In the proposal that follows, you will see the details on this request that prioritizes both a continued investment in our shared policy priorities to address equity gaps in postsecondary attainment and resources required to sufficiently address the rising costs affecting our operations as well as our employees. This proposal also shows the direct relationship between state funding and tuition.

We look forward to sharing more details on the importance of the impact this proposal will have on our students, employees, and the state in our presentations to you next week. Thank you for your leadership; we are grateful to work alongside you in pursuit of a strong future for Colorado.


David A. Tandberg, Interim President, Adams State University
Leah Bornstein, President, Aims Community College
Joe Garcia, Chancellor, Colorado Community College System
John Marshall, President, Colorado Mesa University
Carrie Besnette Hauser, President and CEO, Colorado Mountain College
Paul C. Johnson, President and Professor, Colorado School of Mines
Tony Frank, Chancellor, Colorado State University System
Tom Stritikus, President, Fort Lewis College
Randy Johnson, Executive Director, Emily Griffith Technical College
Janine Davidson, President, Metropolitan State University of Denver
Teina McConnell, Executive Director, Pickens Technical College
Randal Palmer, Director, Technical College of the Rockies
Todd Saliman, President, University of Colorado
Andy Feinstein, President, University of Northern Colorado
Brad Baca, President, Western Colorado University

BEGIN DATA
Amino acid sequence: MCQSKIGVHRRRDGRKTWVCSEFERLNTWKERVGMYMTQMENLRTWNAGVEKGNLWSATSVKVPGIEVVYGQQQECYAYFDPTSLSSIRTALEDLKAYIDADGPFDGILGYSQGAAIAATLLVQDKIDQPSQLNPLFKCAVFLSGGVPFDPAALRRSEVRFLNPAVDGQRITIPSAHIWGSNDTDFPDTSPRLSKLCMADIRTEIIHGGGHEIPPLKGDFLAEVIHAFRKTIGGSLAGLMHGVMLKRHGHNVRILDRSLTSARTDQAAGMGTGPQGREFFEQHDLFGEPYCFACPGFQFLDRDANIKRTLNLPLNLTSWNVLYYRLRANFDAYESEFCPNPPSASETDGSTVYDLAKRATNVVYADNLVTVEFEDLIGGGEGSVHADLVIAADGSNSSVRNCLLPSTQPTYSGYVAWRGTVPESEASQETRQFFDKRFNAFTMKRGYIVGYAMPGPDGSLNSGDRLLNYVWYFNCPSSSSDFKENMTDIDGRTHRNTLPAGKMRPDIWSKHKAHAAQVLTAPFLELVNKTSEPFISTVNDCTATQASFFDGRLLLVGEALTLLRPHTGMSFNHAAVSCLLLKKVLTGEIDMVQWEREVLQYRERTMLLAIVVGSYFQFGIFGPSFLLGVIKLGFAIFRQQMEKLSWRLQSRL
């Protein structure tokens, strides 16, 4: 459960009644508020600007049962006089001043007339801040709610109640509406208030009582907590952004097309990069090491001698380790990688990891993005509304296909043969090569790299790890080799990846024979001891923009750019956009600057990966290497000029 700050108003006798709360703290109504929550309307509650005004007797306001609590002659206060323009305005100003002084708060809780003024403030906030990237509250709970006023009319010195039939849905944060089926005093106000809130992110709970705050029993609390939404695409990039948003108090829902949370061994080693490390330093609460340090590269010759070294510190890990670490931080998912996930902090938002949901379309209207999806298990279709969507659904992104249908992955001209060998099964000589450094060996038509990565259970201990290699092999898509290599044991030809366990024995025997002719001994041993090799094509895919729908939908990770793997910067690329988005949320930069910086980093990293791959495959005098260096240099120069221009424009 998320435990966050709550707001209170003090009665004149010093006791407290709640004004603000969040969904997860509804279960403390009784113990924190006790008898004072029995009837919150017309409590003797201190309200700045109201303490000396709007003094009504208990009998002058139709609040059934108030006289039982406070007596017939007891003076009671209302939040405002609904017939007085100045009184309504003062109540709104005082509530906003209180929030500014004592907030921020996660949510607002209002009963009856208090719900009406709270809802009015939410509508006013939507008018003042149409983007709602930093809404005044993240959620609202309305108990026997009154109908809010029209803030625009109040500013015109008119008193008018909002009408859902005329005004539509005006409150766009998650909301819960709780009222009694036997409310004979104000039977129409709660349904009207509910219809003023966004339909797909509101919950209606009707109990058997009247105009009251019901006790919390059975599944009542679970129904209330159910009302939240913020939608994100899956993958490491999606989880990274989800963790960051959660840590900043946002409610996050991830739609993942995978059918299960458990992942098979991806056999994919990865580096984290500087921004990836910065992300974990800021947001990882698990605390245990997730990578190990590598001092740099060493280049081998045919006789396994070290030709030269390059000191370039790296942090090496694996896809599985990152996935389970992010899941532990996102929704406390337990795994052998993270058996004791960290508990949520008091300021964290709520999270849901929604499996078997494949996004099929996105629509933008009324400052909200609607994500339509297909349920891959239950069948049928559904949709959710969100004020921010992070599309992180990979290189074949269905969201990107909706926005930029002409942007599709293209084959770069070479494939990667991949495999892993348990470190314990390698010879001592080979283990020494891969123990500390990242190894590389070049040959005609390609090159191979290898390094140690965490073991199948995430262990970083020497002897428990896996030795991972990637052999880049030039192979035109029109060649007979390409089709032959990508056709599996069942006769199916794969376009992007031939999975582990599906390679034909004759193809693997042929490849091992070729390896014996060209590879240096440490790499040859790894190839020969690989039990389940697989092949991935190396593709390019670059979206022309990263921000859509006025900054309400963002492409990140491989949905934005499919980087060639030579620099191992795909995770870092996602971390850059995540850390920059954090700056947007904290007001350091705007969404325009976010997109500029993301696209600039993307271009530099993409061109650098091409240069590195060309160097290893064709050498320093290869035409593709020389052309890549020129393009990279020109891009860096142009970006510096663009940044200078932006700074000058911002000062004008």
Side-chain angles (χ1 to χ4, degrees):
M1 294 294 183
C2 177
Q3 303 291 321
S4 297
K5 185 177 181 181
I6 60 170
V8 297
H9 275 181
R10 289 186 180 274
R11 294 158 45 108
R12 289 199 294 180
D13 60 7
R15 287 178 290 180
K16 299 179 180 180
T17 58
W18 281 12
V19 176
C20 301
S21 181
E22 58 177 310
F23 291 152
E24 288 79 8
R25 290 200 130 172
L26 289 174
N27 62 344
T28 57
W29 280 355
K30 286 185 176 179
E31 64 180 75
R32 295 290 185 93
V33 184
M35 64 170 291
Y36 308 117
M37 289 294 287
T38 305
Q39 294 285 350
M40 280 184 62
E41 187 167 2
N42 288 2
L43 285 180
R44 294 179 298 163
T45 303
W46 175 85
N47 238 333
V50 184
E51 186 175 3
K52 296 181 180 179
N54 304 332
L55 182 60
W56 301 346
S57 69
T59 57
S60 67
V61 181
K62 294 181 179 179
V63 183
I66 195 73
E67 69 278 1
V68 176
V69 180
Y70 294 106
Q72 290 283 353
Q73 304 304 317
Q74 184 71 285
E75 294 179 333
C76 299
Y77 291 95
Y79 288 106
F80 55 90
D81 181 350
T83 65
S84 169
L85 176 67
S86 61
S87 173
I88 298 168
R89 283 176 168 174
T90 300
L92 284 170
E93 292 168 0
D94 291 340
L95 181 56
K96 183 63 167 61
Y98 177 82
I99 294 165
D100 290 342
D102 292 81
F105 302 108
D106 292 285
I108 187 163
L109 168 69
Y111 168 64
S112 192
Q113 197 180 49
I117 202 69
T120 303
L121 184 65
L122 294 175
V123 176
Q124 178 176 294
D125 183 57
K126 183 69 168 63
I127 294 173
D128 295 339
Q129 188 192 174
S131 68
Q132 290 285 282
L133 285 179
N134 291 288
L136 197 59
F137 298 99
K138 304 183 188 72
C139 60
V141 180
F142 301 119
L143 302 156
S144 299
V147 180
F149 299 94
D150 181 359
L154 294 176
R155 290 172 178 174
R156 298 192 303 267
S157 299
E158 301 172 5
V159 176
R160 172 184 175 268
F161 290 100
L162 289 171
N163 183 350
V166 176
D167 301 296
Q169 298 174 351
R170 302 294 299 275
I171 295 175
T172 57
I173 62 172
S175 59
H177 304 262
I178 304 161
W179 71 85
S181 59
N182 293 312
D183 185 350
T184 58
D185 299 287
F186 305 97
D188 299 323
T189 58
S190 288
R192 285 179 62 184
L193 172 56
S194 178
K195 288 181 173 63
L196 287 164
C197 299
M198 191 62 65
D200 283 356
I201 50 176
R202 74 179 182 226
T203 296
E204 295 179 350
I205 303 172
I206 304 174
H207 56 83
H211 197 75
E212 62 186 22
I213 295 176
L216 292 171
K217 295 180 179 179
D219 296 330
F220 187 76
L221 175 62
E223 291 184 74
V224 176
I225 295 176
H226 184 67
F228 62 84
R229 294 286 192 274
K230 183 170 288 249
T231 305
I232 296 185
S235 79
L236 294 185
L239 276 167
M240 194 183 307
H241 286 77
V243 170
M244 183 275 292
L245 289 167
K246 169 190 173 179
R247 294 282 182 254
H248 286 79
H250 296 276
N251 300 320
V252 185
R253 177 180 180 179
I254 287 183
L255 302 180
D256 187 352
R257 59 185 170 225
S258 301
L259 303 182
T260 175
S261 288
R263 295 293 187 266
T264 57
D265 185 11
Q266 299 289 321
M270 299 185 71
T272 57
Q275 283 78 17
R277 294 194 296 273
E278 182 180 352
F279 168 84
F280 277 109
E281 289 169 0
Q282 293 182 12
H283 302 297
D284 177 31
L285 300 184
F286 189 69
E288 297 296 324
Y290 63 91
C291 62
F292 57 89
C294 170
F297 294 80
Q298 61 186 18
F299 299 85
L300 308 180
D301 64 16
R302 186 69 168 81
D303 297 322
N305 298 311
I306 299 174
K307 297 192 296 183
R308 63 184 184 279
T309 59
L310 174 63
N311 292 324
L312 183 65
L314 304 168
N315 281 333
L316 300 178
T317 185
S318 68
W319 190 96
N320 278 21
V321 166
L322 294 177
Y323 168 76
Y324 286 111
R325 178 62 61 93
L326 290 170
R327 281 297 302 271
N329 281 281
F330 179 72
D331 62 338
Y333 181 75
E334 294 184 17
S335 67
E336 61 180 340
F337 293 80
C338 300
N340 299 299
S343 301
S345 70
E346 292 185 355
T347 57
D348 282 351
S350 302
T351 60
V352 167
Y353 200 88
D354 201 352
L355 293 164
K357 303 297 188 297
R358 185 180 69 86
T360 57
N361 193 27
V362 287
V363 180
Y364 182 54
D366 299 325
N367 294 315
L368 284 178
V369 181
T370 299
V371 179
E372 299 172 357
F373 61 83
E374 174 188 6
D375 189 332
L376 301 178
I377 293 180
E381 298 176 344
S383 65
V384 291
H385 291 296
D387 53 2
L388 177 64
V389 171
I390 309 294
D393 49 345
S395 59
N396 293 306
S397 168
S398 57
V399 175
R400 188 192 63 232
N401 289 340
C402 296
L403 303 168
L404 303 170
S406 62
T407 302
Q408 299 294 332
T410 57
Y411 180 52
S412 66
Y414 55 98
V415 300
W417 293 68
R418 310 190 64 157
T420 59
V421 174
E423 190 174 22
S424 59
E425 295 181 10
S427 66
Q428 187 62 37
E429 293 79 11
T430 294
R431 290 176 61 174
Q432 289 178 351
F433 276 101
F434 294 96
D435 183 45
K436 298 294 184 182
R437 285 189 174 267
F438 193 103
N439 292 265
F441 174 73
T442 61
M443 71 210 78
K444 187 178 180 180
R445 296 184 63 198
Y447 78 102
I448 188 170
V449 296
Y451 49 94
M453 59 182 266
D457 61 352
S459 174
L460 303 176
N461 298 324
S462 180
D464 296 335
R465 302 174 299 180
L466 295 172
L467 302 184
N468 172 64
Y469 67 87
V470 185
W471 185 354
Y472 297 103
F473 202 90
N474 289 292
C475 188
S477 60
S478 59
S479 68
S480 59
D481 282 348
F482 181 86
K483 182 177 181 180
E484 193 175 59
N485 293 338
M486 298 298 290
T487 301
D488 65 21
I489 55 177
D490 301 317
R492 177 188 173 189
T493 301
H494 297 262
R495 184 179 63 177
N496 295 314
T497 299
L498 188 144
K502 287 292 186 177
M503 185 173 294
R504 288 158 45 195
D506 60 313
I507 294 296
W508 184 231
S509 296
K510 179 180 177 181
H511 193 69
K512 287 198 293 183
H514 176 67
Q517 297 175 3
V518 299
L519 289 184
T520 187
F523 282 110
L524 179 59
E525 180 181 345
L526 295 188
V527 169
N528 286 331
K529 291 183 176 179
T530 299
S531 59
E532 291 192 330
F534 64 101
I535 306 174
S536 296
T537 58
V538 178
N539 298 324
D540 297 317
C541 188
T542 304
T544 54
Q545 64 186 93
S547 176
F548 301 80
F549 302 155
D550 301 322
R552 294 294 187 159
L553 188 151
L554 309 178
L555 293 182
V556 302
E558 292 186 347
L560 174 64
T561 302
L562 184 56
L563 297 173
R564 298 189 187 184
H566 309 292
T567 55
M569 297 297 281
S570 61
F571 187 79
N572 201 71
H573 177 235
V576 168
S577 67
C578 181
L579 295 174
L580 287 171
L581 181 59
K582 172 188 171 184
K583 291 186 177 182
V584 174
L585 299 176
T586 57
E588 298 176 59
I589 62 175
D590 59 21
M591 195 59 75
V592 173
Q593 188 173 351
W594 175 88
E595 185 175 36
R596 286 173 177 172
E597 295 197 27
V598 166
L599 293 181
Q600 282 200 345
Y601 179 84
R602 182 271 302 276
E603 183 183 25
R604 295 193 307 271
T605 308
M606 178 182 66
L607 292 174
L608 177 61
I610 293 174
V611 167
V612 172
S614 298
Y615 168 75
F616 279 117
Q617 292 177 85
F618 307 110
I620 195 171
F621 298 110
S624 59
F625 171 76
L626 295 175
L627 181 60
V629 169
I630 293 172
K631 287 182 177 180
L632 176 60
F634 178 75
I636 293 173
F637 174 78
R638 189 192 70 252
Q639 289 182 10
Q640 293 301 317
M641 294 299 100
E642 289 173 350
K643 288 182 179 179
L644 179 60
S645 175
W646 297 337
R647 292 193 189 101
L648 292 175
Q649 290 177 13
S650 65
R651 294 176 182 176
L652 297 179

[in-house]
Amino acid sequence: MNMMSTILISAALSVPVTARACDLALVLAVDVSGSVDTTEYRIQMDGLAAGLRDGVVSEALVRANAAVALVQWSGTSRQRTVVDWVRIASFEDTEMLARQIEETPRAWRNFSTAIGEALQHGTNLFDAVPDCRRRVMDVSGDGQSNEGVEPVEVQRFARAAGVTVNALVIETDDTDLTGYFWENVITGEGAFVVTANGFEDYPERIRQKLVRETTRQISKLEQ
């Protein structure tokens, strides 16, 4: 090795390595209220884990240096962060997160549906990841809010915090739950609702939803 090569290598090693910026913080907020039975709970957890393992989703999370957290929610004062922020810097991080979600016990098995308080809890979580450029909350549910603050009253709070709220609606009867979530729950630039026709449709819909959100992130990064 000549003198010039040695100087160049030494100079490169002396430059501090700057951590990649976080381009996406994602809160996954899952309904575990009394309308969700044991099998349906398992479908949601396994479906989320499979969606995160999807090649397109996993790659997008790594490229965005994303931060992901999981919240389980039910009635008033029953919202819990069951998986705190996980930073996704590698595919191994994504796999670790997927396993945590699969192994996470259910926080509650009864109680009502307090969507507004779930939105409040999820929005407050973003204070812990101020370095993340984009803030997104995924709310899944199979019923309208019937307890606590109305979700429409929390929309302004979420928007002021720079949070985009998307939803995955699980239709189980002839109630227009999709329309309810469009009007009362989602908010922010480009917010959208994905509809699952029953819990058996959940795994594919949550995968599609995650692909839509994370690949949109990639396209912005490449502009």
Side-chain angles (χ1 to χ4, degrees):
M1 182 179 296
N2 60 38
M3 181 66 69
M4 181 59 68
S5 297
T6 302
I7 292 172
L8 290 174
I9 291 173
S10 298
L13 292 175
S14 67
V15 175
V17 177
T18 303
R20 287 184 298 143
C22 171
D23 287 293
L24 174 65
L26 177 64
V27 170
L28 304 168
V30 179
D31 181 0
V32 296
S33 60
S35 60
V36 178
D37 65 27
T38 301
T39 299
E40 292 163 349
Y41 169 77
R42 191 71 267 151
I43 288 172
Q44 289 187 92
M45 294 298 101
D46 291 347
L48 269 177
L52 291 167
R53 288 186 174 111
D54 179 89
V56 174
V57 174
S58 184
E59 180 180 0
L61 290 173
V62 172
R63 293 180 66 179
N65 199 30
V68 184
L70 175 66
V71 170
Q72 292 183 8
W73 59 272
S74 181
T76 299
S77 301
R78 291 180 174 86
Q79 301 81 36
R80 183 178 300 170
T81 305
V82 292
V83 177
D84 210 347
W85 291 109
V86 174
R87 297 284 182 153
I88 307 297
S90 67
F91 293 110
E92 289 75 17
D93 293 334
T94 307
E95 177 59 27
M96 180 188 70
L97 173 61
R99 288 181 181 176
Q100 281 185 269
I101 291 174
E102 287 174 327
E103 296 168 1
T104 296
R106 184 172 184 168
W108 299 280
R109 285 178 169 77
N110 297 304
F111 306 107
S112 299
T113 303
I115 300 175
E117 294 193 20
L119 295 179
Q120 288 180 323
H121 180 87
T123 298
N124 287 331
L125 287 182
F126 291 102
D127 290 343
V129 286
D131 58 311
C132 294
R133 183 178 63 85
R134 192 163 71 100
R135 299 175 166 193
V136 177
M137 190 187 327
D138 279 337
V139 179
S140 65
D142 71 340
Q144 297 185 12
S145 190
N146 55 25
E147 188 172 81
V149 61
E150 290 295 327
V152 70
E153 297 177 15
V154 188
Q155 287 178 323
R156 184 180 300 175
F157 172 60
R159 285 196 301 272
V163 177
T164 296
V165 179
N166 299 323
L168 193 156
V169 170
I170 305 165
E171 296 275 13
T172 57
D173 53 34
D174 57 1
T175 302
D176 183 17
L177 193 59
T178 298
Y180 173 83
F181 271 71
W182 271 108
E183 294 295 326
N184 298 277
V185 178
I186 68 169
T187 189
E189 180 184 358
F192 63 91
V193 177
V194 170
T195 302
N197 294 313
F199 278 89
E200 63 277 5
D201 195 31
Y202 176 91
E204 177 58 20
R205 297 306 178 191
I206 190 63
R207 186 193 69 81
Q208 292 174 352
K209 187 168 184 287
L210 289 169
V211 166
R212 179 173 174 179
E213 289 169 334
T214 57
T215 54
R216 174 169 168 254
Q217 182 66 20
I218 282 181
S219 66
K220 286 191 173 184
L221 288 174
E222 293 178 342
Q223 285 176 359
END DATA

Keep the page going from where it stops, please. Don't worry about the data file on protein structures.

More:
Logos of the Colorado colleges and universities who signed a joint letter to the state's Joint Budget Committee

Budget Request and Agreement Points

  • Support allocating $33.6 million into Step 1 of the model including SEPs to make progress on educational attainment gaps and policy goals based on the following percentages:
    • 20% First Generation Students (SFTE)
    • 20% First Generation Students (Headcount)
    • 20% URM Students (calibrated Headcount)
    • 20% Pell distribution (calibrated Headcount)
    • 20% URM Retention
  • Support additional state funding to cover the base core minimum cost increases for FY 2023-24 and the allocation of these dollars through Step 2 of the model (which will be modified to reflect updated inflation and JBC salary actions).
  • The state funding amount in Step 2 of the model is intended to cover base core minimum costs increases but can be modified based on the tuition rate limit adopted by the JBC. Institutions won’t object to other governing boards seeking tuition flexibility beyond the adopted limit due to their circumstances and needs.
  • Assuming 4.0% tuition rate increases, the state operating funding amount would be:
    • Step 1 = $33.6 million
    • Step 2 = +$111.1 million (at 4.0% tuition rate increase)
    • Total = $144.7 million
  • The tuition rate calculation should be solely based on the state funding amount provided in Step 2 of the model, since Step 1 funding is intended to make progress on policy goals, not buy down tuition.